Now that you have learned about the mathematical properties of vectors, we return to vector addition in more detail. There are a number of techniques of vector addition. These techniques fall into two main categories  graphical and algebraic techniques.
Graphical techniques
Graphical techniques involve drawing accurate scale diagrams to denote individual vectors and their resultants. We will look at just one graphical method: the headtotail method.
Method: HeadtoTail Method of Vector Addition

Draw a rough sketch of the situation.

Choose a scale and include a reference direction.

Choose any of the vectors and draw it as an arrow in the correct direction and of the correct length – remember to put an arrowhead on the end to denote its direction.

Take the next vector and draw it as an arrow starting from the arrowhead of the first vector in the correct direction and of the correct length.

Continue until you have drawn each vector – each time starting from the head of the previous vector. In this way, the vectors to be added are drawn one after the other headtotail.

The resultant is then the vector drawn from the tail of the first vector to the head of the last. Its magnitude can be determined from the length of its arrow using the scale. Its direction too can be determined from the scale diagram.
Let's consider some more examples of vector addition using displacements. The arrows tell you how far to move and in what direction. Arrows to the right correspond to steps forward, while arrows to the left correspond to steps backward. Look at all of the examples below and check them.
This example says step forward and then another step forward is the same as an arrow twice as long – two steps forward.
This example says step backward and then another step backward is the same as an arrow twice as long – two steps backward.
It is sometimes possible that you end up back where you started. In this case the net result of what you have done is that you have gone nowhere (your start and end points are at the same place). In this case, your resultant displacement is a vector with length zero units. We use the symbol
Check the following examples in the same way. Arrows up the page can be seen as steps left and arrows down the page as steps right.
Try a couple to convince yourself!
It is important to realise that the directions are not special– `forward and backwards' or `left and right' are treated in the same way. The same is true of any set of parallel directions:
In the above examples the separate displacements were parallel to one another. However the same headtotail technique of vector addition can be applied to vectors in any direction.
Worked example 3: Headtotail addition 1
Draw a rough sketch of the situation
Worked example 4: Headtotail addition 2
Algebraic techniques
Vectors in a straight line
Whenever you are faced with adding vectors acting in a straight line (i.e. some directed left and some right, or some acting up and others down) you can use a very simple algebraic technique:
Method: Addition/Subtraction of Vectors in a Straight Line

Choose a positive direction. As an example, for situations involving displacements in the directions west and east, you might choose west as your positive direction. In that case, displacements east are negative.

A tennis ball is rolled towards a wall which is away from the ball. If after striking the wall the ball rolls a further along the ground away from the wall, calculate algebraically the ball's resultant displacement.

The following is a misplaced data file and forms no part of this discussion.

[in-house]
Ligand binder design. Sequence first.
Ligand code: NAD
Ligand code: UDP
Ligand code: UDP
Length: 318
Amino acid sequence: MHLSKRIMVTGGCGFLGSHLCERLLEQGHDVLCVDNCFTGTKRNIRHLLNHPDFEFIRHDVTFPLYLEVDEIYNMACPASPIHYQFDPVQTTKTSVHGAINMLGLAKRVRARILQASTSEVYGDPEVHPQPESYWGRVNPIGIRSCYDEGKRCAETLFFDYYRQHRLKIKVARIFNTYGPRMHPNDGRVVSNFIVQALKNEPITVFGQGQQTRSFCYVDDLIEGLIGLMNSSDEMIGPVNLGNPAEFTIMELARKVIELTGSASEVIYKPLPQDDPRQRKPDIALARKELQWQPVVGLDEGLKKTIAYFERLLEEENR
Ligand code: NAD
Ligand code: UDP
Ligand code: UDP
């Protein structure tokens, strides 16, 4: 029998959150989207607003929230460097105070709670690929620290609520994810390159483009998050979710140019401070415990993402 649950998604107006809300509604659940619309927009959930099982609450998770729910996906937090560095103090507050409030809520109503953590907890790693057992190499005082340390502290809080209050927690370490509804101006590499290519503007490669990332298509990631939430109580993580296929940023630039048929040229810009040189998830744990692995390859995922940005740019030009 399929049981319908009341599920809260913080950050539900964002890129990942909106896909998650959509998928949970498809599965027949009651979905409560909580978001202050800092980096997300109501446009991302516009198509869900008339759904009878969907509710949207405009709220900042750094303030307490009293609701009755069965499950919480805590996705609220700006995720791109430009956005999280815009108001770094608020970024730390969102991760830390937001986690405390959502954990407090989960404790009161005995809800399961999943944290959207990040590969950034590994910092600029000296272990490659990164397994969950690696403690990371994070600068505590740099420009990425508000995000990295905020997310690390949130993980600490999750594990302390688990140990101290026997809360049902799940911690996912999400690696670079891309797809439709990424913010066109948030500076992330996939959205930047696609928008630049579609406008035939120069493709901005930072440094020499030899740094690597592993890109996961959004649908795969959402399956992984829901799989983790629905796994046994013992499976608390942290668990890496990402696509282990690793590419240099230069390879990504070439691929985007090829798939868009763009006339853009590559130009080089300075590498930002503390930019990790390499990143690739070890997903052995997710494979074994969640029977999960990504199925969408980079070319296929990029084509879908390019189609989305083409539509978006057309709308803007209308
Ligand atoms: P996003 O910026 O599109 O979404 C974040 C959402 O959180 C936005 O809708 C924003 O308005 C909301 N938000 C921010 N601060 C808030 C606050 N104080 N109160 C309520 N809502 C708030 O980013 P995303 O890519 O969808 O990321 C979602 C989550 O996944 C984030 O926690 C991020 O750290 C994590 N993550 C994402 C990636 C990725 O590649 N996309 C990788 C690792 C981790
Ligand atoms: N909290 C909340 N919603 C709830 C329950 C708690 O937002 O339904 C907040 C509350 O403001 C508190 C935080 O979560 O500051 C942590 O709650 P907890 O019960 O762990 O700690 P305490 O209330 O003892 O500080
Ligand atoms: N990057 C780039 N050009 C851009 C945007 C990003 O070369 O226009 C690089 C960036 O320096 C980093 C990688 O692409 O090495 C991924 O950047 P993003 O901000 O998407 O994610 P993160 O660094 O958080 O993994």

Draw a rough sketch of the situation
Choose a positive direction
Let's choose the positive direction to be towards the wall. This means that the negative direction is away from the wall.
Now define our vectors algebraically
With right positive:
Add the vectors
Next we simply add the two displacements to give the resultant:
Quote the resultant
Finally, in this case towards the wall is the positive direction, so: towards the wall.
Worked example 6: Subtracting vectors algebraically 1
Draw a sketch
A quick sketch will help us understand the problem.
Decide which method to use to calculate the resultant
Remember that velocity is a vector. The change in the velocity of the ball is equal to the difference between the ball's initial and final velocities:
Since the ball moves along a straight line (i.e. left and right), we can use the algebraic technique of vector subtraction just discussed.
Choose a positive direction
Choose the positive direction to be towards the wall. This means that the negative direction is away from the wall.
Now define our vectors algebraically
Subtract the vectors
Thus, the change in velocity of the ball is:
Quote the resultant
Remember that in this case towards the wall means a positive velocity,
so away from the wall means a negative velocity: away from the wall.
Worked example 7: Adding vectors algebraically 2
Draw a sketch
A quick sketch will help us understand the problem.
Decide which method to use to calculate the resultant
Remember that force is a vector. Since the crate moves along a straight line (i.e. left and right), we can use the algebraic technique of vector addition just discussed.
Choose a positive direction
Choose the positive direction to be towards the crate (i.e. in the same direction that the man is pushing). This means that the negative direction is away from the crate (i.e. against the direction that the man is pushing).
Now define our vectors algebraically
Subtract the vectors
Thus, the resultant force is:
Quote the resultant
Remember that in this case towards the crate means a positive force: towards the crate.
Remember that the technique of addition and subtraction just discussed can only be applied to vectors acting along a straight line. When vectors are not in a straight line, i.e. at an angle to each other then simple geometric and trigonometric techniques can be used to find resultant vectors.